Would someone please be so kind as to explain how a block with a 43 second prop time wins a height battle???

  • Block #: 6777986
  • Pool ID: 2cf87fadec7130c7e41910492073ae4dbe65ca462c1fdc3d2a56d015

Perhaps I could use a refresher on shallow forks/rollbacks, but this just doesn't add up in my head... as far as I understand, the only way this is possible is if the higher-slot leader does not "receive" the previous block, and posts their own block in place of the most recent one. For such a large prop time, this seems like a massive arbitrage opportunity for the higher slot leader.

What can be done about, or is there a way to minimize, this?

enter image description here

2 Answers 2


Here's a very good article about slot battles, but in short, prop time is not a factor in winning or losing...


  • Nice article! I see why prop time alone not a factor in winning/losing a height battle. What I am more concerned about is the idea that such a high prop time may be indicative of some sort of malicious MEV. If I understood the article correctly, the stake pool in question here did not receive IOGP's block for a whole 40 seconds before pushing their block to the network. Does this mean that any SPO can orphan any block that comes before theirs just by not accepting it before publishing their own?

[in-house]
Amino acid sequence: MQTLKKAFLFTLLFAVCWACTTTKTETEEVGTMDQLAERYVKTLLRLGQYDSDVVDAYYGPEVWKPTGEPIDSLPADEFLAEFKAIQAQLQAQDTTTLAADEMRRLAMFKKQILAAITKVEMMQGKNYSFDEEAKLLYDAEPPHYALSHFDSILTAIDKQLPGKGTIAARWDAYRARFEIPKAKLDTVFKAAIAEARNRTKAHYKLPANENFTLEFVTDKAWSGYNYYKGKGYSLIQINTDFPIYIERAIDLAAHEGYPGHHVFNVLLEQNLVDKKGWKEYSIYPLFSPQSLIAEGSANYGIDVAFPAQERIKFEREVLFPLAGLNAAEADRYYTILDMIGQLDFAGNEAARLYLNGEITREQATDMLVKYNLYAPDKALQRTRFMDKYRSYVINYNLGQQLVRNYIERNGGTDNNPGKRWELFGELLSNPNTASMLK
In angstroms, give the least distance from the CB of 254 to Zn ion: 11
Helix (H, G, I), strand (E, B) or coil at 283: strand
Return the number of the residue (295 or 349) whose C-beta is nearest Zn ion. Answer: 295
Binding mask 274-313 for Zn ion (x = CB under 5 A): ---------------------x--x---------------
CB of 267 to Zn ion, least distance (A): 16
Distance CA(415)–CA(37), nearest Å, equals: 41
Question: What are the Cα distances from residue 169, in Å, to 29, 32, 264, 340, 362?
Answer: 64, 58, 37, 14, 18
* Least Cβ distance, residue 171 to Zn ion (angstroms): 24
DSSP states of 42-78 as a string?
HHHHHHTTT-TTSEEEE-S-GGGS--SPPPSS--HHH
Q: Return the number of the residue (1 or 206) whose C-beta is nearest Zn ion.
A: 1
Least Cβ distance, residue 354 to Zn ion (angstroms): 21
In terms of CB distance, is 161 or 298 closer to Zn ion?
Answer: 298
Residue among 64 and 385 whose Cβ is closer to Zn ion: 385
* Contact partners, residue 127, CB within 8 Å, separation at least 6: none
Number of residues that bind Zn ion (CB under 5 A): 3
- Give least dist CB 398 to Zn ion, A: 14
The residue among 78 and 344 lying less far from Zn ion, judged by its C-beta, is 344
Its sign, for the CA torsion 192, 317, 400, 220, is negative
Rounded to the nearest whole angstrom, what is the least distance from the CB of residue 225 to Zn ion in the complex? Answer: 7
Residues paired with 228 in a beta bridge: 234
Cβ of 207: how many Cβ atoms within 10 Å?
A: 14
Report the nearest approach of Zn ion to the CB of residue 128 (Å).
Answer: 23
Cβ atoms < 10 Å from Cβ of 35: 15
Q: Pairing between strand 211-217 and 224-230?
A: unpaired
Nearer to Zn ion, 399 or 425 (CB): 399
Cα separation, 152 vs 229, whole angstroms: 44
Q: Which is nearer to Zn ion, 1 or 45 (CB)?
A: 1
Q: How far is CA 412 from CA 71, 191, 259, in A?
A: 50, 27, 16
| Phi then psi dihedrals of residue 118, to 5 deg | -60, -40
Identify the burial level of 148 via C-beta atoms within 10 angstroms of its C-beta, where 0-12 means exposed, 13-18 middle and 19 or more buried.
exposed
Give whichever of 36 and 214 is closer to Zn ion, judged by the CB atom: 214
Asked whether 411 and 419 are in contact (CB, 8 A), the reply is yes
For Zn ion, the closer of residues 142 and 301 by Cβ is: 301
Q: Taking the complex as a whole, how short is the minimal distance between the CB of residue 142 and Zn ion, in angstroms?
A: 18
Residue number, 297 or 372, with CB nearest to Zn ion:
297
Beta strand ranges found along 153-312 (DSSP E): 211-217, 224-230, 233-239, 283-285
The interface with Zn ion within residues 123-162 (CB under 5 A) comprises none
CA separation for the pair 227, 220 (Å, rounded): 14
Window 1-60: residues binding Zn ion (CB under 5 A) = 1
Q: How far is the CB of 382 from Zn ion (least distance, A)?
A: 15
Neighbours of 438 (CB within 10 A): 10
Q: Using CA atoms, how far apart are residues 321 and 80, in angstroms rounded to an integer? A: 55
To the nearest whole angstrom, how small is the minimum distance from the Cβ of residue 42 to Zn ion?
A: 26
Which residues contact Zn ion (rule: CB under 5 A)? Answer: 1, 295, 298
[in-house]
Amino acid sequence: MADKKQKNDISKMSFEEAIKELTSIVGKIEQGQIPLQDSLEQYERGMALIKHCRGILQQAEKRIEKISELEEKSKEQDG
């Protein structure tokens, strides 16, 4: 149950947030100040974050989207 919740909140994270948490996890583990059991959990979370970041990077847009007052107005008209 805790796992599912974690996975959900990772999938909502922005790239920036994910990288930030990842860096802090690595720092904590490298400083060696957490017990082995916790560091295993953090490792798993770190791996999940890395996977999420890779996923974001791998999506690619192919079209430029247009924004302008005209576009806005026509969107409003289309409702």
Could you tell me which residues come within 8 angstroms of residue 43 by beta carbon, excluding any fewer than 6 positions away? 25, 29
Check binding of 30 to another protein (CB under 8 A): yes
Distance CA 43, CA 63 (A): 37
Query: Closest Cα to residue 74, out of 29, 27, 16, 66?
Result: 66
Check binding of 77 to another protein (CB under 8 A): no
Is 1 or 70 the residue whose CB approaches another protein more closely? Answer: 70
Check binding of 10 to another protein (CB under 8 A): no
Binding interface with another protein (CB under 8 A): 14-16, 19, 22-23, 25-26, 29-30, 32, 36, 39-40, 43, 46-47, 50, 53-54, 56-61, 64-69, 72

– zhekson
    Commented Jan 20, 2022 at 17:47
  • 1
    OP and @nomad0 Great question and answer. The answer would be even better if it followed the guidelines at: cardano.stackexchange.com/help/referencing
    – gRebel
    Commented Jan 22, 2022 at 23:23

Here is interesting discussion about height and slot battles, what I had.


Here some more details from @BEAVR:

I should clarify and probably update my blog post regarding Height Battles.

From my experience, height battles are actually won by whichever block was received first. The slot number has no effect. We discovered that relays accept which block comes first when looking into this problem:



Your Answer

By clicking “Post Your Answer”, you agree to our terms of service and acknowledge you have read our privacy policy.

Not the answer you're looking for? Browse other questions tagged or ask your own question.